What's in a Name?

Why

Which lettering style do you prefer? Fancy fonts? Serifs? Sans serifs? Write alphabet letters, names, or any words in several different fonts. Words take shape right before your eyes!


Steps

1. There are many different ways to write the letters of the alphabet used for languages such as English, French, and Spanish. To research this variety of lettering styles, look at the different fonts (sometimes called type faces) on a computer or in a lettering text. You will find two primary styles: fonts with serifs (extended tops) and flourishes (tails of decorative letters), and sans serif (without serifs or unadorned) fonts.


2. Choose your favorite font, or invent one of your own. Use Crayola® Crayons to carefully write your name in that type style in the center of your paper. Look closely at the letters as you write them. Make sure to include any serifs or flourishes in the font you chose. Notice the shape of each letter, relative sizes to other letters, whether parts of the letter extend above or below the line, and the curves of lines. Leave an even border of space around your name.


3. Decorate the letters in your name, and the areas around them, with crayons and Crayola Washable Markers. Use your imagination to fill in the spaces with colorful details that complement the type style and your personal style.


4. Trim the paper into a rectangle, or follow the shape of the letters, with Crayola Scissors.


Safety Guidelines

Adult supervision is required for any arts & crafts project. Observe children closely and intervene as necessary to prevent potential safety problems and ensure appropriate use of arts and crafts materials. Some craft items, particularly beads and buttons, are potential choking hazards for young children. Avoid use of such small parts with children younger than 3 years. Craft items such as scissors, push pins and chenille sticks may have sharp points or edges. Avoid use of materials with sharp points by children younger than 4 years. Read all manufacturers' safety warnings before using arts and craft supplies.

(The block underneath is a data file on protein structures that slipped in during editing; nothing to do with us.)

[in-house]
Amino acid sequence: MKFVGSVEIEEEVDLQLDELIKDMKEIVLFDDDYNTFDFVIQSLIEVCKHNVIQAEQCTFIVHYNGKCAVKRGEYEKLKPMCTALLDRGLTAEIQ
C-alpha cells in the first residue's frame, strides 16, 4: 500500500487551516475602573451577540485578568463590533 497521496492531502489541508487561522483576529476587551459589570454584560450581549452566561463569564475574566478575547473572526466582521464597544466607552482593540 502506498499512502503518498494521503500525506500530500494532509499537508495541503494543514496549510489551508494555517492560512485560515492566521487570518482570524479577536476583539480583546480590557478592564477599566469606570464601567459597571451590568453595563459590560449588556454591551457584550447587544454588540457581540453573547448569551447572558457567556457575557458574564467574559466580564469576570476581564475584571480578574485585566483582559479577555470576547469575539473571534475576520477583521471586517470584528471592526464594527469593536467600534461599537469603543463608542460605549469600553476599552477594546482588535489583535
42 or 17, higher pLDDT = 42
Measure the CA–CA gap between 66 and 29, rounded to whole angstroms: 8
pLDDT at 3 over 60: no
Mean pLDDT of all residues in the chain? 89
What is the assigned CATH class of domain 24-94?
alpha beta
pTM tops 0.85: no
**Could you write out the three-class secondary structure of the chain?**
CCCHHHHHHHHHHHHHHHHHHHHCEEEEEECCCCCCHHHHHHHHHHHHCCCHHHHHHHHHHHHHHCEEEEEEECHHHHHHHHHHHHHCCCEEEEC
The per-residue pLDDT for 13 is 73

Scissors—ATTENTION: The cutting edges of scissors are sharp and care should be taken whenever cutting or handling. Blunt-tip scissors should be used only by children 4 years and older. Pointed-tip scissors should be used only by children 6 years and older.

Adaptations

  • Try writing your name in several different fonts. Or write it with characters from other alphabets, such as the 24-letter Korean alphabet, which was founded by King Sejong in 1446. The Thai alphabet has 44 characters. Did you know there are thousands of characters in Chinese, but no individual letters? Learn more about how languages are written.
  • Glue your name drawing to cardboard or a recycled file folder. Fold it in half to make a name card for your desk. Or punch two holes in the cardboard, then attach string for a sign on your bedroom door.
  • Some ornate fonts suggest organic elements such as plants or vines. Use one of these fonts to create descriptive name markers for your favorite houseplants. Decorate the margins with drawings of the plant or its flowers.

Related Lesson Plans

Lesson Plans

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Supplies

crayola supplies
  • Crayons
  • Markers
  • Blunt-Tip Scissors
  • Construction Paper

Overview

grades

  • Pre-K and Kindergarten
  • Grades 1 to 3
  • Grades 4 to 6
  • Grades 7 to 12
  • Special Needs

subjects

  • Language Arts
  • Visual Arts

time

  • Less than 1/2 hour
  • 30 to 60 minutes

benefits

  • Children become familiar with a variety of type fonts.

  • Young children and those with special needs practice writing the alphabet letters in their names. Older children find or invent more decorative lettering styles.

  • Children create original art with their names written in an interesting font as the centerpiece.

Cirriculum

Research Canada Standards
Research UK Standards
Research U.S. Standards